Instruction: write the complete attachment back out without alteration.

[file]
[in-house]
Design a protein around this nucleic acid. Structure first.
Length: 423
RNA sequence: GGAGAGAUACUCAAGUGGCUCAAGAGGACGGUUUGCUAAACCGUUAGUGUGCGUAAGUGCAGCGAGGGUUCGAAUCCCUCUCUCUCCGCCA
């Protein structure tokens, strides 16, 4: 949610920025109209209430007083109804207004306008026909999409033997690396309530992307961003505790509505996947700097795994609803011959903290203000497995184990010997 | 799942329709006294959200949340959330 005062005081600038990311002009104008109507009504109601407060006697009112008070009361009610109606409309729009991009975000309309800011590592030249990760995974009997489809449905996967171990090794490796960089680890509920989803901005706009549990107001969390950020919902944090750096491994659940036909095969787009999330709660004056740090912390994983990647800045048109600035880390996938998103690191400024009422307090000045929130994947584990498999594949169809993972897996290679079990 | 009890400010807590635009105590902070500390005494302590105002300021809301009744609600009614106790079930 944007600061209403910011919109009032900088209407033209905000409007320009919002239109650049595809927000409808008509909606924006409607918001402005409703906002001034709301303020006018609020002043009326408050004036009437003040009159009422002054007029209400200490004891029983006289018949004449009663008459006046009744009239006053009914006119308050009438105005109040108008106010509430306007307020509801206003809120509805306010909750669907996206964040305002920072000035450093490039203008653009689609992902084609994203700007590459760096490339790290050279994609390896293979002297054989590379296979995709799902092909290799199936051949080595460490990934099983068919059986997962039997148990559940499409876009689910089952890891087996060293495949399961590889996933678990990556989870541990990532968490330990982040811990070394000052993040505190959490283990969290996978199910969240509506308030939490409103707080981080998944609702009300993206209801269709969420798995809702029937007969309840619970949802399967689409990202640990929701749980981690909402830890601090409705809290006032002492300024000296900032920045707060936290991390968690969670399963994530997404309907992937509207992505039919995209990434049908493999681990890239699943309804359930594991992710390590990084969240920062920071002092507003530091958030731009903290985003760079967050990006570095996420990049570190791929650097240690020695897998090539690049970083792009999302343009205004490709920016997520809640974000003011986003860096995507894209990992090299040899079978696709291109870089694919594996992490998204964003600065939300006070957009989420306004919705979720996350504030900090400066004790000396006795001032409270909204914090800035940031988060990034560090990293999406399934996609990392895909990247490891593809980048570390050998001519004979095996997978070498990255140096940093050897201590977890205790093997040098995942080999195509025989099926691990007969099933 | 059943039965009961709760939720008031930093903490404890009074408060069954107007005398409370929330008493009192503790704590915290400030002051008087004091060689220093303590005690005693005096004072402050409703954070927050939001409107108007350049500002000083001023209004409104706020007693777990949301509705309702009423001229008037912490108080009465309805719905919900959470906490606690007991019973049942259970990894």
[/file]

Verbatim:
[in-house]
Design a protein around this nucleic acid. Structure first.
Length: 423
RNA sequence: GGAGAGAUACUCAAGUGGCUCAAGAGGACGGUUUGCUAAACCGUUAGUGUGCGUAAGUGCAGCGAGGGUUCGAAUCCCUCUCUCUCCGCCA
């Protein structure tokens, strides 16, 4: 949610920025109209209430007083109804207004306008026909999409033997690396309530992307961003505790509505996947700097795994609803011959903290203000497995184990010997 | 799942329709006294959200949340959330 005062005081600038990311002009104008109507009504109601407060006697009112008070009361009610109606409309729009991009975000309309800011590592030249990760995974009997489809449905996967171990090794490796960089680890509920989803901005706009549990107001969390950020919902944090750096491994659940036909095969787009999330709660004056740090912390994983990647800045048109600035880390996938998103690191400024009422307090000045929130994947584990498999594949169809993972897996290679079990 | 009890400010807590635009105590902070500390005494302590105002300021809301009744609600009614106790079930 944007600061209403910011919109009032900088209407033209905000409007320009919002239109650049595809927000409808008509909606924006409607918001402005409703906002001034709301303020006018609020002043009326408050004036009437003040009159009422002054007029209400200490004891029983006289018949004449009663008459006046009744009239006053009914006119308050009438105005109040108008106010509430306007307020509801206003809120509805306010909750669907996206964040305002920072000035450093490039203008653009689609992902084609994203700007590459760096490339790290050279994609390896293979002297054989590379296979995709799902092909290799199936051949080595460490990934099983068919059986997962039997148990559940499409876009689910089952890891087996060293495949399961590889996933678990990556989870541990990532968490330990982040811990070394000052993040505190959490283990969290996978199910969240509506308030939490409103707080981080998944609702009300993206209801269709969420798995809702029937007969309840619970949802399967689409990202640990929701749980981690909402830890601090409705809290006032002492300024000296900032920045707060936290991390968690969670399963994530997404309907992937509207992505039919995209990434049908493999681990890239699943309804359930594991992710390590990084969240920062920071002092507003530091958030731009903290985003760079967050990006570095996420990049570190791929650097240690020695897998090539690049970083792009999302343009205004490709920016997520809640974000003011986003860096995507894209990992090299040899079978696709291109870089694919594996992490998204964003600065939300006070957009989420306004919705979720996350504030900090400066004790000396006795001032409270909204914090800035940031988060990034560090990293999406399934996609990392895909990247490891593809980048570390050998001519004979095996997978070498990255140096940093050897201590977890205790093997040098995942080999195509025989099926691990007969099933 | 059943039965009961709760939720008031930093903490404890009074408060069954107007005398409370929330008493009192503790704590915290400030002051008087004091060689220093303590005690005693005096004072402050409703954070927050939001409107108007350049500002000083001023209004409104706020007693777990949301509705309702009423001229008037912490108080009465309805719905919900959470906490606690007991019973049942259970990894």